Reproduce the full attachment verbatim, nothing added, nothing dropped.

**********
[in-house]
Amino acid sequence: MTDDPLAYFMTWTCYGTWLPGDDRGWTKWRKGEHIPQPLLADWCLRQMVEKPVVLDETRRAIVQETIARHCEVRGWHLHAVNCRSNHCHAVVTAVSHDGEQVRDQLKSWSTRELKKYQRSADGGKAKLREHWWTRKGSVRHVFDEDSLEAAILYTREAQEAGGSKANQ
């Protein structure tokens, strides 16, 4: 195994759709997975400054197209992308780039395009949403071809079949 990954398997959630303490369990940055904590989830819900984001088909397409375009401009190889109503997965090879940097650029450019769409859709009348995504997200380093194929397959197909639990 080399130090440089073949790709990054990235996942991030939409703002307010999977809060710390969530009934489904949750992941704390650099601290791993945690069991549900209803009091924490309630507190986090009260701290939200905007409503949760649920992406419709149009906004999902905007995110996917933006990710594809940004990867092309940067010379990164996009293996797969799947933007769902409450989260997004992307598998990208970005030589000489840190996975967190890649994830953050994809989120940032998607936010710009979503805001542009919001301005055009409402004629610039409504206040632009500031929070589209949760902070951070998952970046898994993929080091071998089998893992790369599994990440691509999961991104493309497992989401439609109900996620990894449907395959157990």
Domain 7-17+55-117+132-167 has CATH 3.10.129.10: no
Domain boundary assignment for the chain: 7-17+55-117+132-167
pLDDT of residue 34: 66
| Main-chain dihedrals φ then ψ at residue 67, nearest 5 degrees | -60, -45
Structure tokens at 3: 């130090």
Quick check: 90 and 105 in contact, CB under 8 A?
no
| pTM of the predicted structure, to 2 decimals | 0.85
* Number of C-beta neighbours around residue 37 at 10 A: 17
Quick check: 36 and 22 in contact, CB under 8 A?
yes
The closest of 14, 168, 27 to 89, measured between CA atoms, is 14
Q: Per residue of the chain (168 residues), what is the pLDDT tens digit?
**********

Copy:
[in-house]
Amino acid sequence: MTDDPLAYFMTWTCYGTWLPGDDRGWTKWRKGEHIPQPLLADWCLRQMVEKPVVLDETRRAIVQETIARHCEVRGWHLHAVNCRSNHCHAVVTAVSHDGEQVRDQLKSWSTRELKKYQRSADGGKAKLREHWWTRKGSVRHVFDEDSLEAAILYTREAQEAGGSKANQ
């Protein structure tokens, strides 16, 4: 195994759709997975400054197209992308780039395009949403071809079949 990954398997959630303490369990940055904590989830819900984001088909397409375009401009190889109503997965090879940097650029450019769409859709009348995504997200380093194929397959197909639990 080399130090440089073949790709990054990235996942991030939409703002307010999977809060710390969530009934489904949750992941704390650099601290791993945690069991549900209803009091924490309630507190986090009260701290939200905007409503949760649920992406419709149009906004999902905007995110996917933006990710594809940004990867092309940067010379990164996009293996797969799947933007769902409450989260997004992307598998990208970005030589000489840190996975967190890649994830953050994809989120940032998607936010710009979503805001542009919001301005055009409402004629610039409504206040632009500031929070589209949760902070951070998952970046898994993929080091071998089998893992790369599994990440691509999961991104493309497992989401439609109900996620990894449907395959157990």
Domain 7-17+55-117+132-167 has CATH 3.10.129.10: no
Domain boundary assignment for the chain: 7-17+55-117+132-167
pLDDT of residue 34: 66
| Main-chain dihedrals φ then ψ at residue 67, nearest 5 degrees | -60, -45
Structure tokens at 3: 């130090």
Quick check: 90 and 105 in contact, CB under 8 A?
no
| pTM of the predicted structure, to 2 decimals | 0.85
* Number of C-beta neighbours around residue 37 at 10 A: 17
Quick check: 36 and 22 in contact, CB under 8 A?
yes
The closest of 14, 168, 27 to 89, measured between CA atoms, is 14
Q: Per residue of the chain (168 residues), what is the pLDDT tens digit?